Denmark and Finland on Thursday became the latest countries to postpone new arms deals with Saudi Arabia. Denmark's Foreign Ministry…
Denmark and Finland on Thursday became the latest countries to postpone new arms deals with Saudi Arabia. Denmark’s Foreign Ministry said there were freezing new offers over both Khashoggi and Yemen, while the Ministry of Foreign Affairs mentioned only Yemen. Finland also banned new arms sales to the United Arab Emirates, which is part of the Saudi-Arab coalition in the conflict.
Messages came only two days after Germany said that all arms transfers to the country were stopped.
Denmark and Finland are not major suppliers of weapons to Saudi Arabia, but Germany is safe. It had already repealed new arms agreements to Saudi Arabia, but on Monday it was extended to ban the transfer of weapons on existing orders.
So where will Saudi Arabia get rid of its weapons?
Violence deals are often done in secret or with little publicity. The Stockholm International Peace Research Institute (SIPRI) is trying to track offers involving large arms, and a database of Saudi imports from the last decade shows the United States as the largest supplier, followed by Britain, France, Spain and then Germany.
But many exporters still selling to Saudi countries have dramatically reduced supply in recent years. For example, the United Kingdom transferred arms worth an estimated $ 843 million by 2016, but almost halved this value to $ 436 million last year, according to SIPRI. (The database uses constant values with 1990 prices to eliminate currency fluctuations and inflation.)
French exports of major weapons to Saudi Arabia worth $ 174 million in 2015 but dropped to $ 91 million in 2016 and $ 27 million last year.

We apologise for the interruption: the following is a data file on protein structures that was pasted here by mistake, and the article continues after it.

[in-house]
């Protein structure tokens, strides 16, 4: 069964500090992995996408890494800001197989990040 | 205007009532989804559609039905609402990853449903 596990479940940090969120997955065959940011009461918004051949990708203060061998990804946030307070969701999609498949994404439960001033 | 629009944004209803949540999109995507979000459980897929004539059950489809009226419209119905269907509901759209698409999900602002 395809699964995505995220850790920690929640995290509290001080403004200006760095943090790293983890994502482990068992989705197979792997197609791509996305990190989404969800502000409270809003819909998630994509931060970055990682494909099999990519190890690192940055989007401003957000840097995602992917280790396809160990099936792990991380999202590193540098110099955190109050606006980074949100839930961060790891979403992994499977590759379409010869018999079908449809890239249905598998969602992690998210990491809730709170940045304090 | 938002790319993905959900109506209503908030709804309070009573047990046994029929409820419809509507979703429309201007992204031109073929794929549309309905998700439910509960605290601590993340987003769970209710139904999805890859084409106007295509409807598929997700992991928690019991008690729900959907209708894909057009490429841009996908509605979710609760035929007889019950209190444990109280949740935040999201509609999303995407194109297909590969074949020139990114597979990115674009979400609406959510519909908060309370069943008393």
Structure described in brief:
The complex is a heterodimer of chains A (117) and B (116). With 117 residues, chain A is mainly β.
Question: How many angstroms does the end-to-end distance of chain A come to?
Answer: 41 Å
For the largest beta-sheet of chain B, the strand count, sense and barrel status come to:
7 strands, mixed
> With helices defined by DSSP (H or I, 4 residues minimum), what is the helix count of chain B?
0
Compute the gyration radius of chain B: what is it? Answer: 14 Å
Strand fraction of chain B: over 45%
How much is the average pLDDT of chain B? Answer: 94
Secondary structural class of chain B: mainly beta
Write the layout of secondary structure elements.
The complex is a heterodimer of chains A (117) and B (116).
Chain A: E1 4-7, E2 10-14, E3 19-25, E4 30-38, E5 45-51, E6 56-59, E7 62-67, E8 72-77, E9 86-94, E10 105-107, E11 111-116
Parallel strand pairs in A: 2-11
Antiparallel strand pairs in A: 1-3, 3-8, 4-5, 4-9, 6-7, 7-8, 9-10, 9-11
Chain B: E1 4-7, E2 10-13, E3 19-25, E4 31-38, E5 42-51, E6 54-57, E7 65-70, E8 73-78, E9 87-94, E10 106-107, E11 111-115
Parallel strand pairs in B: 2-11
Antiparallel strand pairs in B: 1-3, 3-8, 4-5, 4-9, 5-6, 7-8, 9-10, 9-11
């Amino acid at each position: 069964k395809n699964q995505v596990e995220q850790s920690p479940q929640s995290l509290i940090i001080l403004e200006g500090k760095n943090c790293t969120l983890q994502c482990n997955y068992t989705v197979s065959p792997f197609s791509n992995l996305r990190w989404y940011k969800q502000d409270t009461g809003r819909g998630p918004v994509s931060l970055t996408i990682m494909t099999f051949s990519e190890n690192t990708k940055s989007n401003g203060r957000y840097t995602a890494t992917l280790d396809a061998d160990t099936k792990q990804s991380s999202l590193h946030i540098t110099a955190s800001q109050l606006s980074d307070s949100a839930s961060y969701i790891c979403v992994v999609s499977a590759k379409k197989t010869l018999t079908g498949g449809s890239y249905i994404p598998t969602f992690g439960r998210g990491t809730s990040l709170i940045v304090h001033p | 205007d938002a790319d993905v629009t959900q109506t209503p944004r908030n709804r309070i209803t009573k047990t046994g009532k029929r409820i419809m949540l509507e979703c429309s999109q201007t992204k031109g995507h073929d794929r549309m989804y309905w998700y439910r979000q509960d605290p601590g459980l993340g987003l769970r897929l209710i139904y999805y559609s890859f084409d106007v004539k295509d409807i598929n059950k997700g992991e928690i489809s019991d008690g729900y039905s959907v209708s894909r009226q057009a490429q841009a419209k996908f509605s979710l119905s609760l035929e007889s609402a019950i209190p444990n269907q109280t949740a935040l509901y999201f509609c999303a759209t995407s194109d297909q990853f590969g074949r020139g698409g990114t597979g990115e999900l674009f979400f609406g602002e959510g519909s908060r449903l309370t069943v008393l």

The value of Spanish exports also declined drastically during that period, but the Spanish government confirmed this year that it would advance with arms agreements that had previously suggested that it would freeze and bend for pressure from Spanish manufacturers, according to reports.
Despite these decreases, the total value of Saudi arms imports actually increased by 38% between 2016 and 2017.
It was almost entirely due to a huge rise in transfers from the United States, almost doubling Its exports in terms of value from $ 1.8 billion to $ 3.4 billion at that time. Germany also multiplied its exports from $ 14 million to $ 105 million, although it is expected to be much lower this year after it was abolished.
Overall, no country near the United States comes in large arms. Over the past five years, the United States accounted for 61 percent of the major arms sales to Saudi Arabia. The United Kingdom was a distant second with a share of 23%, while France in third place was only 4%.
In a statement on Tuesday, Trump said that interrupting major weapons contracts with Saudis would be stupid and that “Russia and China would be the huge beneficiaries” if he stopped the US sales.
China supplies a negligible amount of large weapons to Saudi Arabia, SIPRI data shows, but it is increasing. Russia supplies so little it is not included in the organization’s database.
“Russia has been trying hard for the last 10-15 years to enter the major Saudi weapon market, but it has not been very successful. Saudi Arabia has acquired Russian rifles and may have bought other things, but such offers have been very small, says Pieter Wezeman, senior researcher with SIPRI arms transfers and military spending.
“China has made some major efforts on the Saudi weapon market, especially selling armed drones,” said Wezeman.
“The details are shady and we may well have underestimated China’s role as a weapons exporter to Saudi Arabia. But China does not come anywhere near the United States, Britain or France as weapon suppliers. Still the important point here is that Saudi Arabia has investigated the possibility of diversifying its supplier base. “